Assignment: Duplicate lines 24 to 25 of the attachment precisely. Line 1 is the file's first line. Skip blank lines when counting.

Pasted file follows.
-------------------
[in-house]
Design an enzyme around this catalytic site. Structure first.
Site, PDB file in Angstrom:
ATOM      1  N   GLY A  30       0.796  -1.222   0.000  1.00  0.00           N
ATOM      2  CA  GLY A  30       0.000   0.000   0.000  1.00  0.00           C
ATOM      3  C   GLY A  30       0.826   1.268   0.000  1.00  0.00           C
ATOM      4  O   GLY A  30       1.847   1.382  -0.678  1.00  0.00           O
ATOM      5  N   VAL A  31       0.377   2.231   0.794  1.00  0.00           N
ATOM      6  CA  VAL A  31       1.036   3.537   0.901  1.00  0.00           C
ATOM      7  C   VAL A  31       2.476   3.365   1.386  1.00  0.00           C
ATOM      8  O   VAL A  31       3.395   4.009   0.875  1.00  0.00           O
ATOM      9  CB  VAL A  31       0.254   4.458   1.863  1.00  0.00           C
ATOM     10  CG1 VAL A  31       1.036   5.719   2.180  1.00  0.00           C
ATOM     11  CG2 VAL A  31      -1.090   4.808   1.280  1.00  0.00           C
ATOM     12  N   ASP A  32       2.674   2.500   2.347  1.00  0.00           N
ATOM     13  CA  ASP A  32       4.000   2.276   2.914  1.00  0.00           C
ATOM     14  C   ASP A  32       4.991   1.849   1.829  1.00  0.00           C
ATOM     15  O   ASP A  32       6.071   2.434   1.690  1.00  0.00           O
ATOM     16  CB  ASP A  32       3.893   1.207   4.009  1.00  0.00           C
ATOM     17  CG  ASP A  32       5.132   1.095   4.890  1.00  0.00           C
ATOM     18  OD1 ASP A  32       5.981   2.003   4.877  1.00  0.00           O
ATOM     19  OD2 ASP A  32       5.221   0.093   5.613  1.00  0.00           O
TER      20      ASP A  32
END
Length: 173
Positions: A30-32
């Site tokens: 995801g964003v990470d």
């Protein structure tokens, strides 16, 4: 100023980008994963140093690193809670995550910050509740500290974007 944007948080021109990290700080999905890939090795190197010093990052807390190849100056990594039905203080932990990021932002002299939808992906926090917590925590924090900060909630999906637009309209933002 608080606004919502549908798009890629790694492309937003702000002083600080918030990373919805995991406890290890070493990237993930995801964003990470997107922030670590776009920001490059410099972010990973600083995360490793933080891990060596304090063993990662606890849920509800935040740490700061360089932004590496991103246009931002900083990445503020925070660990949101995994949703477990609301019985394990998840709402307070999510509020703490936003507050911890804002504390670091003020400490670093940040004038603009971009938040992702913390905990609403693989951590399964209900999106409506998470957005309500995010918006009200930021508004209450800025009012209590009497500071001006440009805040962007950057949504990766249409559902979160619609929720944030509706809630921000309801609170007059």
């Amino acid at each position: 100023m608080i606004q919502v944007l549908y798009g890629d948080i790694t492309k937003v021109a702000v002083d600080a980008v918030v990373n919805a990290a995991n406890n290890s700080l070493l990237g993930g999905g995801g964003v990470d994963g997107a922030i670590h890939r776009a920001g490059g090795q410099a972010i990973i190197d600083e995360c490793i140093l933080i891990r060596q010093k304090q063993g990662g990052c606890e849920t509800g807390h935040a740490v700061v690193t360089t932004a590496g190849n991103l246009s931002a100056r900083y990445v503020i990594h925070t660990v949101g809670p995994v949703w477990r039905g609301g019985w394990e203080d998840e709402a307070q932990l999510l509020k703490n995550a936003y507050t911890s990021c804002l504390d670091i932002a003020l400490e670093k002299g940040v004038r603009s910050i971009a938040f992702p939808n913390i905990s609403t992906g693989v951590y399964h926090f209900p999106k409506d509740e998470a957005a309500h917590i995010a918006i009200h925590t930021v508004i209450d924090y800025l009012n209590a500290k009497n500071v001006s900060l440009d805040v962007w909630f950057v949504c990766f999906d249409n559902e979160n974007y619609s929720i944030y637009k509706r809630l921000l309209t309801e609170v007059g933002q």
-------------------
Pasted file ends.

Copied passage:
END
Length: 173